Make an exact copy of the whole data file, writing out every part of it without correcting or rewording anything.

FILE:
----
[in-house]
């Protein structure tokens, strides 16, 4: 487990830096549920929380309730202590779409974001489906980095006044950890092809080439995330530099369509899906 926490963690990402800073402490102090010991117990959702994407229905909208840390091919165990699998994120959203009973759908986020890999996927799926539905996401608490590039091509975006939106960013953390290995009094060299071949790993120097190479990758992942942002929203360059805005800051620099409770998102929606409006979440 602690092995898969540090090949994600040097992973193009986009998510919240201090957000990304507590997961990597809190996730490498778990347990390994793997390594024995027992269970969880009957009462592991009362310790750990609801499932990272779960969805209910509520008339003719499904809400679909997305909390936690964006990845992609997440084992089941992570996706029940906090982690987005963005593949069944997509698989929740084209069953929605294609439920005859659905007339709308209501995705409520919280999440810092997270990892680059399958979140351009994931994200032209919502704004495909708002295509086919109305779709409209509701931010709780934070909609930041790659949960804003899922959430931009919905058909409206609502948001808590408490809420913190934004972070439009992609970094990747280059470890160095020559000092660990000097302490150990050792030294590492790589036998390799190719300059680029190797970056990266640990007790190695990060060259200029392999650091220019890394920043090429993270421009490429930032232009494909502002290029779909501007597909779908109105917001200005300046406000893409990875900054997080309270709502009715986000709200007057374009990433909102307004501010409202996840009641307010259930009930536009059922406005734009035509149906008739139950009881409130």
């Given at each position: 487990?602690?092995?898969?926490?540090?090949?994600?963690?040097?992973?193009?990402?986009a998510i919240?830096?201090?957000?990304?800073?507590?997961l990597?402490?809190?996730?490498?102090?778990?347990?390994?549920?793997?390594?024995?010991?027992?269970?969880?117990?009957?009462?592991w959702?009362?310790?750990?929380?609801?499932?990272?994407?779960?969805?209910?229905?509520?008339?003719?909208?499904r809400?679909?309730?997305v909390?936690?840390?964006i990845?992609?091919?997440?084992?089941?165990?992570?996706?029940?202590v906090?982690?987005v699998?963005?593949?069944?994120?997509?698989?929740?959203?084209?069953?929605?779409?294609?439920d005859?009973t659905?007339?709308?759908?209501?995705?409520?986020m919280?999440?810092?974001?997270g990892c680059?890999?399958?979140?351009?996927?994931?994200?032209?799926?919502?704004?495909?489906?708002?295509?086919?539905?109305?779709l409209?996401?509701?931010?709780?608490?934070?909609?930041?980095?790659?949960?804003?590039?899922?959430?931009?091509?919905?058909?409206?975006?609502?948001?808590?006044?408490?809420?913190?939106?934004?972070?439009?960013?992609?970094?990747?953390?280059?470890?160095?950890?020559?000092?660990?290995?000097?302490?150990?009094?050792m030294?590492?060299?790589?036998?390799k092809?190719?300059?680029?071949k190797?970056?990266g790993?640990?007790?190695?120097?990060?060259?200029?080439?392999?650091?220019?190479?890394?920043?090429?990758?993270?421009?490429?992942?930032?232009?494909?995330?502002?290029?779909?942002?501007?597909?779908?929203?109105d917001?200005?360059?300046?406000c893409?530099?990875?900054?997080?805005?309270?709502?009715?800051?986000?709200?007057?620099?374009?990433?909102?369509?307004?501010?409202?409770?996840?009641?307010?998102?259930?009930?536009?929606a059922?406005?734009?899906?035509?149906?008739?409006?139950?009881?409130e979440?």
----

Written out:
[in-house]
């Protein structure tokens, strides 16, 4: 487990830096549920929380309730202590779409974001489906980095006044950890092809080439995330530099369509899906 926490963690990402800073402490102090010991117990959702994407229905909208840390091919165990699998994120959203009973759908986020890999996927799926539905996401608490590039091509975006939106960013953390290995009094060299071949790993120097190479990758992942942002929203360059805005800051620099409770998102929606409006979440 602690092995898969540090090949994600040097992973193009986009998510919240201090957000990304507590997961990597809190996730490498778990347990390994793997390594024995027992269970969880009957009462592991009362310790750990609801499932990272779960969805209910509520008339003719499904809400679909997305909390936690964006990845992609997440084992089941992570996706029940906090982690987005963005593949069944997509698989929740084209069953929605294609439920005859659905007339709308209501995705409520919280999440810092997270990892680059399958979140351009994931994200032209919502704004495909708002295509086919109305779709409209509701931010709780934070909609930041790659949960804003899922959430931009919905058909409206609502948001808590408490809420913190934004972070439009992609970094990747280059470890160095020559000092660990000097302490150990050792030294590492790589036998390799190719300059680029190797970056990266640990007790190695990060060259200029392999650091220019890394920043090429993270421009490429930032232009494909502002290029779909501007597909779908109105917001200005300046406000893409990875900054997080309270709502009715986000709200007057374009990433909102307004501010409202996840009641307010259930009930536009059922406005734009035509149906008739139950009881409130």
């Given at each position: 487990?602690?092995?898969?926490?540090?090949?994600?963690?040097?992973?193009?990402?986009a998510i919240?830096?201090?957000?990304?800073?507590?997961l990597?402490?809190?996730?490498?102090?778990?347990?390994?549920?793997?390594?024995?010991?027992?269970?969880?117990?009957?009462?592991w959702?009362?310790?750990?929380?609801?499932?990272?994407?779960?969805?209910?229905?509520?008339?003719?909208?499904r809400?679909?309730?997305v909390?936690?840390?964006i990845?992609?091919?997440?084992?089941?165990?992570?996706?029940?202590v906090?982690?987005v699998?963005?593949?069944?994120?997509?698989?929740?959203?084209?069953?929605?779409?294609?439920d005859?009973t659905?007339?709308?759908?209501?995705?409520?986020m919280?999440?810092?974001?997270g990892c680059?890999?399958?979140?351009?996927?994931?994200?032209?799926?919502?704004?495909?489906?708002?295509?086919?539905?109305?779709l409209?996401?509701?931010?709780?608490?934070?909609?930041?980095?790659?949960?804003?590039?899922?959430?931009?091509?919905?058909?409206?975006?609502?948001?808590?006044?408490?809420?913190?939106?934004?972070?439009?960013?992609?970094?990747?953390?280059?470890?160095?950890?020559?000092?660990?290995?000097?302490?150990?009094?050792m030294?590492?060299?790589?036998?390799k092809?190719?300059?680029?071949k190797?970056?990266g790993?640990?007790?190695?120097?990060?060259?200029?080439?392999?650091?220019?190479?890394?920043?090429?990758?993270?421009?490429?992942?930032?232009?494909?995330?502002?290029?779909?942002?501007?597909?779908?929203?109105d917001?200005?360059?300046?406000c893409?530099?990875?900054?997080?805005?309270?709502?009715?800051?986000?709200?007057?620099?374009?990433?909102?369509?307004?501010?409202?409770?996840?009641?307010?998102?259930?009930?536009?929606a059922?406005?734009?899906?035509?149906?008739?409006?139950?009881?409130e979440?």